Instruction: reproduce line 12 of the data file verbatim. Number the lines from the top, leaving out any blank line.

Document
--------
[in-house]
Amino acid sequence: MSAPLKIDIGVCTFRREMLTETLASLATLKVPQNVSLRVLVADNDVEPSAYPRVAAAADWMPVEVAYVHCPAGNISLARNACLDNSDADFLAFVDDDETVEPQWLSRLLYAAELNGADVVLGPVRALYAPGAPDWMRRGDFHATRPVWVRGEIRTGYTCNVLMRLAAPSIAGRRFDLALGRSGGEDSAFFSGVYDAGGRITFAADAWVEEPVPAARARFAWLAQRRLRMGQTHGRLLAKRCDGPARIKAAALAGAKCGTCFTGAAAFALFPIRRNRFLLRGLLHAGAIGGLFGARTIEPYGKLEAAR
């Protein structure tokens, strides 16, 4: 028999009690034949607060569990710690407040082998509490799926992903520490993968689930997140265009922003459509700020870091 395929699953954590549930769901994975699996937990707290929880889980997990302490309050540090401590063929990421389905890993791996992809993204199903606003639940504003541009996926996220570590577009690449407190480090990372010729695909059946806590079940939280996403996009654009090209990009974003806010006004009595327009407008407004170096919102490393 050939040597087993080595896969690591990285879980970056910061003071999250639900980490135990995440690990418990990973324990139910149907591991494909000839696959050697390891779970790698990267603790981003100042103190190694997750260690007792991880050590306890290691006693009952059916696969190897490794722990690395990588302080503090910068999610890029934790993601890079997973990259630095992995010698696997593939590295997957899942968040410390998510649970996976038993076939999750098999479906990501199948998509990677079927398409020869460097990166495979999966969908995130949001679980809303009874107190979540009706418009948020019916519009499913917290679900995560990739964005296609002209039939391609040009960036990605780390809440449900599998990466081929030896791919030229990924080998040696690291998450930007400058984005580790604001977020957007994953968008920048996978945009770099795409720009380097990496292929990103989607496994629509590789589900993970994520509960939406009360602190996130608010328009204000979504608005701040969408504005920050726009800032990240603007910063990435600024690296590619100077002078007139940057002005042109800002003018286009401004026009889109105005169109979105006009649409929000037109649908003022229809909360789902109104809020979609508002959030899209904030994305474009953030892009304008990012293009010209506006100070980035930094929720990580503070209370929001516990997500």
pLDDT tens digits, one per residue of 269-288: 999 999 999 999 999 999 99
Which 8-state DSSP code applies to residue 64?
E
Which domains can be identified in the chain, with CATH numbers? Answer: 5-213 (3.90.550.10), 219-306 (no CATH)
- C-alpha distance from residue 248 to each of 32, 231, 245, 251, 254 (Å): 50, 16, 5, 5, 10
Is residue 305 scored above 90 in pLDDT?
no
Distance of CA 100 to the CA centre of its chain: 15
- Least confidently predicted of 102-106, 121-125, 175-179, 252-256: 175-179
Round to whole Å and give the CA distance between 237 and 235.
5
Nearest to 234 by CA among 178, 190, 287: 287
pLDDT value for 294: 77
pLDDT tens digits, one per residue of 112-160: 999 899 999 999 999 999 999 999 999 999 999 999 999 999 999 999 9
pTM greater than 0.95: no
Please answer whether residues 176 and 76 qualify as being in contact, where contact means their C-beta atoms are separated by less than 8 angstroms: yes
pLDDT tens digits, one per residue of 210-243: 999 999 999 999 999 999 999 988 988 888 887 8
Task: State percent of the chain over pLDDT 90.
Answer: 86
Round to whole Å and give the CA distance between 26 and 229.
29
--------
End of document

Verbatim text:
- Least confidently predicted of 102-106, 121-125, 175-179, 252-256: 175-179